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"The corruption of the best things gives rise to the worst"
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"That the sun will not rise tomorrow is no less intelligible a proposition, and implies no more contradiction, than the affirmation, that it will rise"
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"Reason is, and ought only to be the slave of the passions, and can never pretend to any other office than to serve and obey them"
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"It is not contrary to reason to prefer the destruction of the whole world to the scratching of my finger"
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"Beauty in things exists in the mind which contemplates them"
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"Avarice, the spur of industry"
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"The law always limits every power it gives"
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"Nothing endears so much a friend as sorrow for his death. The pleasure of his company has not so powerful an influence"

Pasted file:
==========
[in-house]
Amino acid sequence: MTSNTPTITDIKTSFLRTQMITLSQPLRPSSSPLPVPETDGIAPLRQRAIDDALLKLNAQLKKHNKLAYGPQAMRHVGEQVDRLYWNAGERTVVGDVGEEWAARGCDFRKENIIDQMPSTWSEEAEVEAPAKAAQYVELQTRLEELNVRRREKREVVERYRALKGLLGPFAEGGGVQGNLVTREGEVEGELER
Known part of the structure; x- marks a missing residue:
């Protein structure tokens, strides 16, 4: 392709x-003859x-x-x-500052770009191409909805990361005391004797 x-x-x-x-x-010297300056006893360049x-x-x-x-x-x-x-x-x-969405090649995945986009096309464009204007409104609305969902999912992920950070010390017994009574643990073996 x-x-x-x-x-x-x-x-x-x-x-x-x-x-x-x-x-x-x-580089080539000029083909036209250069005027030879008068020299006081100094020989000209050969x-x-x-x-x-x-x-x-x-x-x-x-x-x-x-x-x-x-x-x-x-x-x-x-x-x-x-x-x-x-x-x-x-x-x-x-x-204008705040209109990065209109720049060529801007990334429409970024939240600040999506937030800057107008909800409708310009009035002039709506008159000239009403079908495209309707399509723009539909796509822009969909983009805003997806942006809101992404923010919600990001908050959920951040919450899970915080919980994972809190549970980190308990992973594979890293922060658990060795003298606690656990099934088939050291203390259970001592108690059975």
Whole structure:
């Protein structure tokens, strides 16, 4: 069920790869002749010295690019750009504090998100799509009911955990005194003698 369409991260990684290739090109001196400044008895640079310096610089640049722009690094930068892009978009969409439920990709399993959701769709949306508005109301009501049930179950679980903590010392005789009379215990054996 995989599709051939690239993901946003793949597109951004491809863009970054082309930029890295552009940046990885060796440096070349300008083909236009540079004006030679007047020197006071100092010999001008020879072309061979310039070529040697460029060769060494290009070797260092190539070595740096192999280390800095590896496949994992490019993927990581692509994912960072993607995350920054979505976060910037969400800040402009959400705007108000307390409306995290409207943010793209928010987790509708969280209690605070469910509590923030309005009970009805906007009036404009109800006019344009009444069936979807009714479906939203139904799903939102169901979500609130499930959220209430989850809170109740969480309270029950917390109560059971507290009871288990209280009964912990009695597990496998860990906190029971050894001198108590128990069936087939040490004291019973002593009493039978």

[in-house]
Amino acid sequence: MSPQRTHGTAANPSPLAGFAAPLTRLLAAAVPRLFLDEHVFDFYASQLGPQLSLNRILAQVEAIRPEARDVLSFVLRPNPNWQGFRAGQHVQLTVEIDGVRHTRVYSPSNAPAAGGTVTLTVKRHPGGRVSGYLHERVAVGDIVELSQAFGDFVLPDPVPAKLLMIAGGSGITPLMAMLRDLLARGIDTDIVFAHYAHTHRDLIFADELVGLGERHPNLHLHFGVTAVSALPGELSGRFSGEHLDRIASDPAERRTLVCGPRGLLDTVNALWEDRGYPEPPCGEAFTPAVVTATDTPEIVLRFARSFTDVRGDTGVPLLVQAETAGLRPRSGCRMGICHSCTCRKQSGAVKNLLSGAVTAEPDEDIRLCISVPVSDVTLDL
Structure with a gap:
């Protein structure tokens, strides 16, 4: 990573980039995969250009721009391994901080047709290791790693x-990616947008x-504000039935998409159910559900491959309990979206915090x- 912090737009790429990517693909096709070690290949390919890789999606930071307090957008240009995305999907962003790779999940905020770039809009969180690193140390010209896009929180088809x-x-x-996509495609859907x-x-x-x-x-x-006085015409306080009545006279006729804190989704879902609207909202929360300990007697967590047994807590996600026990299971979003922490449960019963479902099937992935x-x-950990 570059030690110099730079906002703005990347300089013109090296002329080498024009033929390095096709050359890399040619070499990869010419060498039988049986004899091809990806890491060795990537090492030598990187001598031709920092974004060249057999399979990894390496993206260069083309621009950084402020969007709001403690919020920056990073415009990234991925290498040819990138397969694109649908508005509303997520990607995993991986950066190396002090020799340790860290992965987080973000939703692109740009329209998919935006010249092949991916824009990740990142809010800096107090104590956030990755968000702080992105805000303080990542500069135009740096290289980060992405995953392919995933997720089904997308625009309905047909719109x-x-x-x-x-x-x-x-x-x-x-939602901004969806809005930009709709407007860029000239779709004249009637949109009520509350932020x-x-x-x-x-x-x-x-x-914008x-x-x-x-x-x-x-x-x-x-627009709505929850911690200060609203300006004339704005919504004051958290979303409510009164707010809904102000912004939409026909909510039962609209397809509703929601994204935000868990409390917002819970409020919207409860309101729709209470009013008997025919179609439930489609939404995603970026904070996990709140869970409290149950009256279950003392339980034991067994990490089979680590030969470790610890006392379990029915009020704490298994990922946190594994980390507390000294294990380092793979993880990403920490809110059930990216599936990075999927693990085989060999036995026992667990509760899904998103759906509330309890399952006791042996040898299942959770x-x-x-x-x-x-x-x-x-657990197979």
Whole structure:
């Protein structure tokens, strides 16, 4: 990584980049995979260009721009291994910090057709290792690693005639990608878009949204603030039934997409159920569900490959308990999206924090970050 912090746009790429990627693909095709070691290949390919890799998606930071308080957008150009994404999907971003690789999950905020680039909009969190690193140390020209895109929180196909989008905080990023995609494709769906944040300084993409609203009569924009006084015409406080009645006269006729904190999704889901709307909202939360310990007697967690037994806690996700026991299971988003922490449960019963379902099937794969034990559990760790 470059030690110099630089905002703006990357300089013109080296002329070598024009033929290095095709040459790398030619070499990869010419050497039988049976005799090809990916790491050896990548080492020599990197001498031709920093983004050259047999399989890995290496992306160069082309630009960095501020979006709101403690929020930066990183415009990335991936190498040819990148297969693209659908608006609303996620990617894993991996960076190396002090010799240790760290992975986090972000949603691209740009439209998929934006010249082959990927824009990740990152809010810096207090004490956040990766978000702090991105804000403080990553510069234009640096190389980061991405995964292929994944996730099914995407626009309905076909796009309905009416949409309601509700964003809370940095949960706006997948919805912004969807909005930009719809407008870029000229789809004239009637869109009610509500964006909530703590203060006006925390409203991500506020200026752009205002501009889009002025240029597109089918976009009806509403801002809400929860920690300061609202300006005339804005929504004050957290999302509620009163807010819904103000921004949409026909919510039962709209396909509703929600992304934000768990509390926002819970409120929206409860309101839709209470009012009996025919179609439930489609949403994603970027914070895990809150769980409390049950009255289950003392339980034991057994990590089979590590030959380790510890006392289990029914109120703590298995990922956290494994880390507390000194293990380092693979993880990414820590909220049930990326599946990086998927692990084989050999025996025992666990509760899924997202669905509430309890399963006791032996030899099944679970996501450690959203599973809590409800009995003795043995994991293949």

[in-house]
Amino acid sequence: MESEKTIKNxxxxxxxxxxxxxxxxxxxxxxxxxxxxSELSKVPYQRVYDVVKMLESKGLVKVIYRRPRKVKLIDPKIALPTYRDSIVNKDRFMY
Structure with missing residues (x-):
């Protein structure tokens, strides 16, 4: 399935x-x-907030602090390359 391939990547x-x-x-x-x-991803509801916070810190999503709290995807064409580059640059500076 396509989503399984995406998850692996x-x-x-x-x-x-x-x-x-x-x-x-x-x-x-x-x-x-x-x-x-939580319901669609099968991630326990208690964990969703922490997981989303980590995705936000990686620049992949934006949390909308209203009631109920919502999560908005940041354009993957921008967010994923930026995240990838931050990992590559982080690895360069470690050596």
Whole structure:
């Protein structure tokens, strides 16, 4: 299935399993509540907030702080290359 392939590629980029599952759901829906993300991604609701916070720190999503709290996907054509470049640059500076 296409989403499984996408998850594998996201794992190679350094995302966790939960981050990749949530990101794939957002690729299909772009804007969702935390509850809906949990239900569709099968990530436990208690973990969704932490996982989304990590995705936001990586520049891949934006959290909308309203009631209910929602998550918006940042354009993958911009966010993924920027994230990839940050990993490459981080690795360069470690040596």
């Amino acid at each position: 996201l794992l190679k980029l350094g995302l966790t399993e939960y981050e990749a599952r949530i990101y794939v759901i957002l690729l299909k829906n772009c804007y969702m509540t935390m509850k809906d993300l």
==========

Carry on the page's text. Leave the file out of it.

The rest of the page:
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"Men are much oftener thrown on their knees by the melancholy than by the agreeable passions"
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"It is a just political maxim, that every man must be supposed a knave"
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"He is happy whom circumstances suit his temper; but he Is more excellent who suits his temper to any circumstance"
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"A purpose, an intention, a design, strikes everywhere even the careless, the most stupid thinker"
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"This avidity alone, of acquiring goods and possessions for ourselves and our nearest friends, is insatiable, perpetual, universal, and directly destructive of society"
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"There is a very remarkable inclination in human nature to bestow on external objects the same emotions which it observes in itself, and to find every where those ideas which are most present to it"
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"I have written on all sorts of subjects... yet I have no enemies; except indeed all the Whigs, all the Tories, and all the Christians"